Irish Olympic target shooting

A good solid evening’s training

Friday was a pretty good day’s training, but that peak performance level felt just out of reach, thanks to various things going sideways.

Early start, got to the range around ten to seven or so, meeting up with Paul at the door of the range. Usual startup – the yoga mat is really helping with the warmup and while going from the cobra to the downward facing dog postures looks daft, it’s really efficient at getting the muscles that you use in position all warmed up. It’s also spectacularly efficient in making you look daft and alarming everyone with the noises it creates…

Cobra pose to Downward facing dog pose

Don't worry, that cracking and popping noise is just your shoulders...

That done, I took a few minutes to run twenty shots through the new chronograph, then got set up for RIKA training. First ten shots were standard, look-where-you’re-going stuff and went really well (would have gone better if the sights had been tweaked though – hardware problem #1):

Training series 1, eyes open

And the RIKA traces showed that this would have been an outstanding string if I’d tweaked those sights. (Again, the RIKA’s calibration is drifting, so watch the traces, not the points of impact, which are almost random at this point):

Composite of RIKA traces

Composite of RIKA traces

RIKA-captured points of impact

Not bad, though getting a bit hinky at the end – shot eight was a bad trigger and shot nine wasn’t great either, but that could have been a decent 96-97 if the sights had been on. I have no idea what happened to shot 6. At all. The RIKA trace was fine, with really good hold, trigger release and follow-through, but the shot was an 8.8. I really, really have no idea what happened there. For all I know it could have been bad ammo (which would be the first time I’ve seen a verifiable case of that in the last few years). Mind you, if it was bad ammo, and it can do that much damage to a really good shot execution, then I really need to get a selection box of pellets and test out sizes (which isn’t that easy in Ireland, but there’s got to be some way to do that…).

Next up was ten shots fired with the target and RIKA screens turned away, and it felt like a decent string – no really hairy shots, all with pretty good holds and good approaches:

Training series 2

Er, wtf? 0.0?

Turns out, the paper tape from the megalink had hit off the RIKA sensor and tripod, doubled back and fed back up into the megalink. End result, one very confused target and the last two shots at least were utter silliness. Still, it started well enough…

So Matt extracted the tape from the target, set everything up again, we fired off a few more rounds in calibration exercises, and then did Matt’s new exercise (well, new to my training plan, anyone from WTSC will remember it as the “shooting at the stars” exercise). The idea is to approach to target and hold as normal, then look off to the right of the target (or left, if you’re a left-handed shooter). You then keep your focus there, maintaining the hold with the periheperal vision only, and then fire and follow-through, all on periheperal vision. The results… were pretty much as you’d expect:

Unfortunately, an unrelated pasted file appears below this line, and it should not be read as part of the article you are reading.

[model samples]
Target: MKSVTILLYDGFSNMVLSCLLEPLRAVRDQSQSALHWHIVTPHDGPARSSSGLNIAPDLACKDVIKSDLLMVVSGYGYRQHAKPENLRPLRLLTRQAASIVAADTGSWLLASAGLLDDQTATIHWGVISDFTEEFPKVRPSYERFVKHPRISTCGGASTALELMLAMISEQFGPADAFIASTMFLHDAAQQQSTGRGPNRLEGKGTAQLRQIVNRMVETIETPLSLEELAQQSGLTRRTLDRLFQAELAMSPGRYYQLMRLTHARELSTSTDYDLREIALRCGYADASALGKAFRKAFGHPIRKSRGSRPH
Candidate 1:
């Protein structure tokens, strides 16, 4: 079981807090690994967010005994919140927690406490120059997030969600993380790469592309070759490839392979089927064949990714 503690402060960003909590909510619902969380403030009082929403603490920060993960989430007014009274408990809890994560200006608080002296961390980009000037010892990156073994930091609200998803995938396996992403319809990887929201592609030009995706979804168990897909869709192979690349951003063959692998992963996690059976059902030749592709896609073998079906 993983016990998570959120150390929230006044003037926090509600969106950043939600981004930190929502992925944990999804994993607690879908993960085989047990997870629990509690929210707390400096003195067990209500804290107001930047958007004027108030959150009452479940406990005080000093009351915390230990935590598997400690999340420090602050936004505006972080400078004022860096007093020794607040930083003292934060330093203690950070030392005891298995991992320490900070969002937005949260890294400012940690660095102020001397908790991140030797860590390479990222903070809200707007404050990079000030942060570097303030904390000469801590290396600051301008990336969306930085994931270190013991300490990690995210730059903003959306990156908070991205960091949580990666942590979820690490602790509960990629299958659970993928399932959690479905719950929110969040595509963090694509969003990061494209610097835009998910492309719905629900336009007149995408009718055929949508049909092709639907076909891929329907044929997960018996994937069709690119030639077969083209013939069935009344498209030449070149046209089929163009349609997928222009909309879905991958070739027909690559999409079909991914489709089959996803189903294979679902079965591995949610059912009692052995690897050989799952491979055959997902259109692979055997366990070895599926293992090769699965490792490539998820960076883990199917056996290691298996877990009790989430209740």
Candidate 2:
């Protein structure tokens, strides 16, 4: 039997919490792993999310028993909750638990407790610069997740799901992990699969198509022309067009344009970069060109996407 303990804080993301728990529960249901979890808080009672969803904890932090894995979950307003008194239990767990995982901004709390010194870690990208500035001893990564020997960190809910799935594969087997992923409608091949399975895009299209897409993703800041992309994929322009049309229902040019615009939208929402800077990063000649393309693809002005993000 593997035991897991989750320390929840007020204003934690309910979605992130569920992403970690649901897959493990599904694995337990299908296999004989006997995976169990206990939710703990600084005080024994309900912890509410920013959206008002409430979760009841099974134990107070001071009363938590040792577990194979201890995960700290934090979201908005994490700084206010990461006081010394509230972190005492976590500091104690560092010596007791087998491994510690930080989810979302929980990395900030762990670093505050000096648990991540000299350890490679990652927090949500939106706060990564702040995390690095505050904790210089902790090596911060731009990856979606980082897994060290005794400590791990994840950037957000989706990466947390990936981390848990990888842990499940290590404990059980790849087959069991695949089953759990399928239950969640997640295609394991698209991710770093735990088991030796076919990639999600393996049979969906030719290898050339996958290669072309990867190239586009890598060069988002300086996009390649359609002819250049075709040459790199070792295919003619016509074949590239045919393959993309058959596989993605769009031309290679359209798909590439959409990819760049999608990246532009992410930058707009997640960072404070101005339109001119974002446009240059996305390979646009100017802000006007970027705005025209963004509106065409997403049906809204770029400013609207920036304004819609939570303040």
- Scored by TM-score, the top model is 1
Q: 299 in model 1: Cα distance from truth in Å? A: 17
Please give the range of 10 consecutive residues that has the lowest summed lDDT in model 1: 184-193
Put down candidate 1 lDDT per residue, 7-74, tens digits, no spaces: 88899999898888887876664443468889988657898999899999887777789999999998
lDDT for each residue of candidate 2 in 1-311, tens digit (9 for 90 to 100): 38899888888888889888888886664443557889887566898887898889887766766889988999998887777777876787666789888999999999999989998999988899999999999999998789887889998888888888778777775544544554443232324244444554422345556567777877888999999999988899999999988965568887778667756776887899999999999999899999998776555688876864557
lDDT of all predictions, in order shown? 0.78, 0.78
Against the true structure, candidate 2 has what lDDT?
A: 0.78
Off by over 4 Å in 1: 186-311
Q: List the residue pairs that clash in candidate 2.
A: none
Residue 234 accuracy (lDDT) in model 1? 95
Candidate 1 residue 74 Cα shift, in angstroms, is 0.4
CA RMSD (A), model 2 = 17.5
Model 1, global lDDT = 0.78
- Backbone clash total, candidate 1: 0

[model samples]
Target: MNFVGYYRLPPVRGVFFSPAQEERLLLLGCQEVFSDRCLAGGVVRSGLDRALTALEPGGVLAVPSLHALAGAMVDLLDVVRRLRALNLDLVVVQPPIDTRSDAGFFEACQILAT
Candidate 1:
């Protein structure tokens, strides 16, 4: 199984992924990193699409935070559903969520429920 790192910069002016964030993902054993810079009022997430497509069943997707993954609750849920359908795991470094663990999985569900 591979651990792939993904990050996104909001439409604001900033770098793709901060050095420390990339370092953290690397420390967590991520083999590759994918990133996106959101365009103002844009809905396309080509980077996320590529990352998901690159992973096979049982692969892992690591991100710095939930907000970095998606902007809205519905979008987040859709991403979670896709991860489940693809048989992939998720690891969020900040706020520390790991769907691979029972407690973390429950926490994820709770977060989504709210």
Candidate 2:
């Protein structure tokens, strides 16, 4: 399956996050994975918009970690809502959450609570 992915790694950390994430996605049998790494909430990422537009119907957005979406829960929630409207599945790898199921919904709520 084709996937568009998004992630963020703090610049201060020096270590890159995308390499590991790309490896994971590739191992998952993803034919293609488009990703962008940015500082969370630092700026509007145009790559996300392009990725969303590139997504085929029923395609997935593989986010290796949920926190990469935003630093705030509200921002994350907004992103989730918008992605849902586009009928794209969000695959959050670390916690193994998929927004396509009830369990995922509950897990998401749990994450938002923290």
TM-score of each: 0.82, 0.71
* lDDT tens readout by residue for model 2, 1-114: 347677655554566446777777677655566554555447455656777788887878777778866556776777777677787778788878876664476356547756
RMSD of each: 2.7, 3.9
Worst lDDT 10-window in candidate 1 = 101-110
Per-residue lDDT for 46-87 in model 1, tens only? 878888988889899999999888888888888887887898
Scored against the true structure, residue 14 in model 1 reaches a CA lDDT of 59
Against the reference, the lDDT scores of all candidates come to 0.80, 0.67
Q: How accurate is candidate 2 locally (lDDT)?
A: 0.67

Training series 3, Shooting for the Stars exercise

Traces show it pretty clearly as well – mostly it’s okay, but if the hold wasn’t set up correctly, the NPA heads right off to the right as soon as the focus leaves the target:

But the payoff comes when you take then next few shots after the exercise:

Final training series

Yes, I know, but ignore the last four shots where my back is having fun and my mental focus is being worked on by Matt, Paul and Aisling chatting about rifles in the background (which is disturbingly effective at being disturbing, by the way). All three of the first, focussed shots landed in the same hole and the traces tell the story nicely:

Very tight holds, very clean trigger releases, very even follow-through. No NPA problems. Matt’s exercise really does work on focussing the attention on the NPA during the setup of the position.

So, one week to the next match out in UCD. Three days training left. Almost all of which will be dry-firing and working on Matt’s exercise. And trying to sort out the blinder design – I tried a different kind of tape on the perspex than scotch tape and it worked really well. Trying ordinary sellotape next. There’s a happy medium in here and I’m going to find it…

As to the match itself, the plan’s simple enough:

  • Be on the first detail;
  • Have porridge for breakfast;
  • Get there early;
  • Warm up and set up kit before prep time starts;
  • Check sights for correct apertures for the lighting on the UCDRC range;
  • Check buttplate height as UCDRC’s targets are slightly lower than the WTSC targets;
  • Set up position in relation to shooting stand (as practiced) and dry-fire throughout prep time;
  • Turn away the monitor and only check every few shots for any required changes to sights;
  • Stay hydrated during the match;
  • Tweak rearsight arpeture as required during the match;
  • Use both side blinders and the older earplugs to keep out distracting noises/sights;

The goal is to try to shoot all 60 shots with the right shot routine, the right mental focus, and running all the in-position checks against balance and inner position as I go (I deliberately don’t have a target score in mind for this match, and won’t until I get my new shooting suit).

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